As I've resolved to write more frequently, so have I resolved to read more frequently. And I've done something that only a few years ago, I would have sworn I'd never do: I bought a Kindle. That's it, right there in the picture. I've owned it for nearly three weeks now. Specifically, it's the Fire HD 8, which I understand is not technically a “Kindle”. I call it that anyway because asking my 8-year-old “have you seen my Kindle?” sounds better coming out of my mouth than “have you seen my Fire HD 8 tablet?” or worse, “have you seen my Fire?” Because there's a limit to how many times any parent can handle the “there's a fire in the house?” response from a clever child.
Amazon: you have the Kindle Paperwhite, the Kindle Voyage, the Kindle Oasis. You really should have called this thing the Kindle Fire.1
At Neil Gaiman's engagement here in Houston, he was asked his opinion about Kindles and ebooks. He said that a printed book is always superior to a Kindle, but that a Kindle is always superior to carrying a suitcase full of books. As far as the reading experience, I agree in the main. I love the feel of the printed book. I love the smell of the printed book. But there are cases apart from size and space at which the Kindle excels.
I can read in bed without a lamp that might disturb my wife. I can read privately; nobody in public can see the book cover. I can send book samples to the Kindle at any time; I do not need to purchase an entire book nor do I need to wait for library or store hours to sample a book. Now, I know that these aren't revelations. And I know that Mr. Gaiman is not unaware of such things (he simply had no intention of spending more than a few sentences on his answer at that time, which is understandable).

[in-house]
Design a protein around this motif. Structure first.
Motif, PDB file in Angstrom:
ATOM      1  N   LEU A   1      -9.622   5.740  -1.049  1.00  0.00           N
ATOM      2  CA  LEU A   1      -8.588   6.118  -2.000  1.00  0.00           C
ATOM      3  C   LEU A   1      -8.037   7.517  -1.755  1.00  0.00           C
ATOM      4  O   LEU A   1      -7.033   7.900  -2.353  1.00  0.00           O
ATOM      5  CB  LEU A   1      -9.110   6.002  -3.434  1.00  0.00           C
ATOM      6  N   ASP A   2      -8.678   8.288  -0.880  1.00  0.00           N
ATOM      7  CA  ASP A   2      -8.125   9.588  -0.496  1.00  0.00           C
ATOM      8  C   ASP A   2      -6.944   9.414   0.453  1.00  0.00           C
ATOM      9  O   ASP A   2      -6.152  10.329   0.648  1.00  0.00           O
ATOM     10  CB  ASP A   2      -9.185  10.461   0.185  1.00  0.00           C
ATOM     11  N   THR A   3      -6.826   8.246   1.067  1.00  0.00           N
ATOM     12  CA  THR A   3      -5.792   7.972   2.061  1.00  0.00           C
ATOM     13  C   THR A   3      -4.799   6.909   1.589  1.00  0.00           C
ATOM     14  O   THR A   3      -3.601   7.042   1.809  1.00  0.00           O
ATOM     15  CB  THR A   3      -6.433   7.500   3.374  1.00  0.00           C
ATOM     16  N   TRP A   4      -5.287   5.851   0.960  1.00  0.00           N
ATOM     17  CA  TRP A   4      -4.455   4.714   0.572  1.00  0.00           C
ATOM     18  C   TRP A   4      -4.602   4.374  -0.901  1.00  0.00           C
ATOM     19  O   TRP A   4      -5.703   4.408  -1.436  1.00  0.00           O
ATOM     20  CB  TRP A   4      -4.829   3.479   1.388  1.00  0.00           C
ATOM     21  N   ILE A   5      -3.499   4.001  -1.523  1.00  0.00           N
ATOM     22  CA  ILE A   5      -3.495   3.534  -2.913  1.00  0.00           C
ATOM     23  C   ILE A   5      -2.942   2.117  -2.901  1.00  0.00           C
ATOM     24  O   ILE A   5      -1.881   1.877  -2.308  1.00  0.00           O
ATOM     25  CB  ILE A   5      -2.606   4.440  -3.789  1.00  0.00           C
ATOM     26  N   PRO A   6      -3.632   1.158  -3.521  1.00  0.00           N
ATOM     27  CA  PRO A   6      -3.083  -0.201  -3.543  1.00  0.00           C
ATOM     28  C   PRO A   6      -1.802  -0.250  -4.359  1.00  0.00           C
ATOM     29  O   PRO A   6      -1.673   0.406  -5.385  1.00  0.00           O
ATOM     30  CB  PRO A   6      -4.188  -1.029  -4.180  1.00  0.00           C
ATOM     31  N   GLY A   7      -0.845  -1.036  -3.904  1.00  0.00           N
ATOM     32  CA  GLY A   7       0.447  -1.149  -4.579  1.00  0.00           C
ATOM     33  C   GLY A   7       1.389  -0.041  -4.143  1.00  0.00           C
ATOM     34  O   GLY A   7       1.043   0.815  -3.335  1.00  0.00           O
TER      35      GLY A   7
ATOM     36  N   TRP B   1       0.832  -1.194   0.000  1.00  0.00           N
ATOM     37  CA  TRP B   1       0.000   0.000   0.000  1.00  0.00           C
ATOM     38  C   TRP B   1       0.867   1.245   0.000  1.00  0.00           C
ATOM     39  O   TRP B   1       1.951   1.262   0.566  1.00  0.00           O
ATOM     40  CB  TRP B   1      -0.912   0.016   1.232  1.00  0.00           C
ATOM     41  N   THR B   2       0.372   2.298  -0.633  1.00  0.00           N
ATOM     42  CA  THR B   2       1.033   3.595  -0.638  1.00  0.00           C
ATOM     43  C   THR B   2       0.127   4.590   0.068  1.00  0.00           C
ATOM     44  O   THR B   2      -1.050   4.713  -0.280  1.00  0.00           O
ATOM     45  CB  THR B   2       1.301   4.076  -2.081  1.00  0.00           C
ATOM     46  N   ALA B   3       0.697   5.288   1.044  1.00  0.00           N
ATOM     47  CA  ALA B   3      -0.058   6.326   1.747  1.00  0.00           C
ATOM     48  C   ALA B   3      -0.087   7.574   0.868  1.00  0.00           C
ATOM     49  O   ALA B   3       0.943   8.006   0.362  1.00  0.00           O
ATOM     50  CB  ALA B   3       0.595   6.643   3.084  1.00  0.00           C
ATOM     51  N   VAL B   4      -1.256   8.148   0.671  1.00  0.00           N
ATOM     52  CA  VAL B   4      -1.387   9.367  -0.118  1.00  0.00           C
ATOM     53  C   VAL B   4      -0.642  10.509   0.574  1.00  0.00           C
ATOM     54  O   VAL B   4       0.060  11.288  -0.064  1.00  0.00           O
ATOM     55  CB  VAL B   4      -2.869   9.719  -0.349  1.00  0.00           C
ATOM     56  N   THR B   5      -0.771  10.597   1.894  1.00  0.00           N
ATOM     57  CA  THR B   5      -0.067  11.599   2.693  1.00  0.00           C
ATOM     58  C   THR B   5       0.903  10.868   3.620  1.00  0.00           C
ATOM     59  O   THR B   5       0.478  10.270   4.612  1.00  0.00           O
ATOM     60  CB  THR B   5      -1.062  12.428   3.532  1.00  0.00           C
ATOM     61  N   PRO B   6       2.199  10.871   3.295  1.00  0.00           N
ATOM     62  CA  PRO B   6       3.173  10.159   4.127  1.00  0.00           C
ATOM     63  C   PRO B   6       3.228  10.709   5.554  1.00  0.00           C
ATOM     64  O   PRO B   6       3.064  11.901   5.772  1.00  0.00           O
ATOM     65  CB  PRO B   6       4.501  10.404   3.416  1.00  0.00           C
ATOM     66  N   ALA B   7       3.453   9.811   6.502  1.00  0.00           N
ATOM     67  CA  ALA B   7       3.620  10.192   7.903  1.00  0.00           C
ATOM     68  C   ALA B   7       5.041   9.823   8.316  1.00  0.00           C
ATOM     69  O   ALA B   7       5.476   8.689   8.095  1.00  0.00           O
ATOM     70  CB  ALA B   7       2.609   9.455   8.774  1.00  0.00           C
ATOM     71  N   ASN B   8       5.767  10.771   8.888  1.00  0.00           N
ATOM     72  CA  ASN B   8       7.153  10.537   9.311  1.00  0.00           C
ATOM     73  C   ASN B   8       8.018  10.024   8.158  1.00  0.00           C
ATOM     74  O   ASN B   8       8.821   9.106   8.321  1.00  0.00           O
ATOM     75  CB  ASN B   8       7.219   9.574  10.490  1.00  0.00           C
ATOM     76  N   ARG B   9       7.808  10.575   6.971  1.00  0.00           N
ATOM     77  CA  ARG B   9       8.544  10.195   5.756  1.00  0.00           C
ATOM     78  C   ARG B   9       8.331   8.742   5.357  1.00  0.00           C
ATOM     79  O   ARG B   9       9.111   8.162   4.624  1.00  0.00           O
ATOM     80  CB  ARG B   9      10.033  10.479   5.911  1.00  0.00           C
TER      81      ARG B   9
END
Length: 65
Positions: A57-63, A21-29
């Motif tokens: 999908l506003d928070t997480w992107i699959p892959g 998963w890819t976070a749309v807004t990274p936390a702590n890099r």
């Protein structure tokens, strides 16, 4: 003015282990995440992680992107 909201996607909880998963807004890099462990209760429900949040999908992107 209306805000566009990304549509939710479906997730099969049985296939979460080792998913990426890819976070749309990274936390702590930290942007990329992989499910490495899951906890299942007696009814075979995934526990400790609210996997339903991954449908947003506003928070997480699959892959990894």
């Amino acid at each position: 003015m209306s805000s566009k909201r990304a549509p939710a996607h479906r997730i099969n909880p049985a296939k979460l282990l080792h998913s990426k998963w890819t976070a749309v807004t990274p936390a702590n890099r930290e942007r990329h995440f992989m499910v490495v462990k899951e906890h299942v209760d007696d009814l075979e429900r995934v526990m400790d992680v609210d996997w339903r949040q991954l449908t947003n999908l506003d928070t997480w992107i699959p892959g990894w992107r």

Before the purchase, I thought about how I would use the device. Forget games. Forget Netflix and streaming Amazon video. Definitely forget installing Facebook and Twitter. Perhaps the Fire HD 8 would be overkill. I could have purchased a less expensive standard Kindle, but I knew I'd be reading books and magazine with color pages. So. Fire HD 8 it would be, and I splurged on the ad-free—I'm sorry, “special offers”-free—version. Yes, for an extra $15, I will pay to never look at advertisements. Worth it.2
The Fire HD 8 in Use
My first purchase for the device was a subscription to support Clarkesworld. It paid off immediately when I downloaded the first issue and read the first article that caught my eye: “How to Injure Characters Without Killing Them” by S.E. Jones. I'm working on a story in which a character needs to suffer a head injury and some blood loss but not die; that article was perfectly timed.
Then, Uncanny Magazine. Soon, Asimov's, Analog, and a few others. And I'm going to switch my Writer's Digest subscription from print to Kindle. That's another benefit of the format: conservation. A library of printed books is great—a library of printed magazines, less so. Magazines just pile up. They're hard to search through when you're trying to find an article you've read. Advertisements take up much of the paper, and therefore much of the shelf space.
I'm buying as many books in print as I ever have. Most recently, Neil Gaiman's Norse Mythology and Claudia Gray's A Thousand Pieces of You. I'll never stop buying print books. But I'm enjoying my new Kindle Fire. I don't expect I'll stop buying things to read in the electronic format, either.